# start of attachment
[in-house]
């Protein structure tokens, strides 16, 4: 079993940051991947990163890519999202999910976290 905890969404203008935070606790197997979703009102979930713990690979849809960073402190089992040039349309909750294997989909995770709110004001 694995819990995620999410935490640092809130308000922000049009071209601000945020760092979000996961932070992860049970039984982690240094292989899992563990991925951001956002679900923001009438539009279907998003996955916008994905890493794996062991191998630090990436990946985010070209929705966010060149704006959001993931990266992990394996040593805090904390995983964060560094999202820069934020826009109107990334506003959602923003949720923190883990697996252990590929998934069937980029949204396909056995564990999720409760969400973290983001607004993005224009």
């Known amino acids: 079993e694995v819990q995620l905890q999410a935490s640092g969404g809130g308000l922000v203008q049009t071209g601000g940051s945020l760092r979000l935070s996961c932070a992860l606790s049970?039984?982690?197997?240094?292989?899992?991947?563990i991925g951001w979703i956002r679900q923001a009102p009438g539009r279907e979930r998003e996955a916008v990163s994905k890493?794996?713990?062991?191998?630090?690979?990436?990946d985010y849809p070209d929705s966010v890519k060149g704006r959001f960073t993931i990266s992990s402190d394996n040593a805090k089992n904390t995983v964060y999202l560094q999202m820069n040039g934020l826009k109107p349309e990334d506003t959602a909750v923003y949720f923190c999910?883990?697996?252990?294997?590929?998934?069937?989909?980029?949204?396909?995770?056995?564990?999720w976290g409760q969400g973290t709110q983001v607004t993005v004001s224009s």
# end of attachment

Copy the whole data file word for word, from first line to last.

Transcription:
[in-house]
């Protein structure tokens, strides 16, 4: 079993940051991947990163890519999202999910976290 905890969404203008935070606790197997979703009102979930713990690979849809960073402190089992040039349309909750294997989909995770709110004001 694995819990995620999410935490640092809130308000922000049009071209601000945020760092979000996961932070992860049970039984982690240094292989899992563990991925951001956002679900923001009438539009279907998003996955916008994905890493794996062991191998630090990436990946985010070209929705966010060149704006959001993931990266992990394996040593805090904390995983964060560094999202820069934020826009109107990334506003959602923003949720923190883990697996252990590929998934069937980029949204396909056995564990999720409760969400973290983001607004993005224009």
């Known amino acids: 079993e694995v819990q995620l905890q999410a935490s640092g969404g809130g308000l922000v203008q049009t071209g601000g940051s945020l760092r979000l935070s996961c932070a992860l606790s049970?039984?982690?197997?240094?292989?899992?991947?563990i991925g951001w979703i956002r679900q923001a009102p009438g539009r279907e979930r998003e996955a916008v990163s994905k890493?794996?713990?062991?191998?630090?690979?990436?990946d985010y849809p070209d929705s966010v890519k060149g704006r959001f960073t993931i990266s992990s402190d394996n040593a805090k089992n904390t995983v964060y999202l560094q999202m820069n040039g934020l826009k109107p349309e990334d506003t959602a909750v923003y949720f923190c999910?883990?697996?252990?294997?590929?998934?069937?989909?980029?949204?396909?995770?056995?564990?999720w976290g409760q969400g973290t709110q983001v607004t993005v004001s224009s």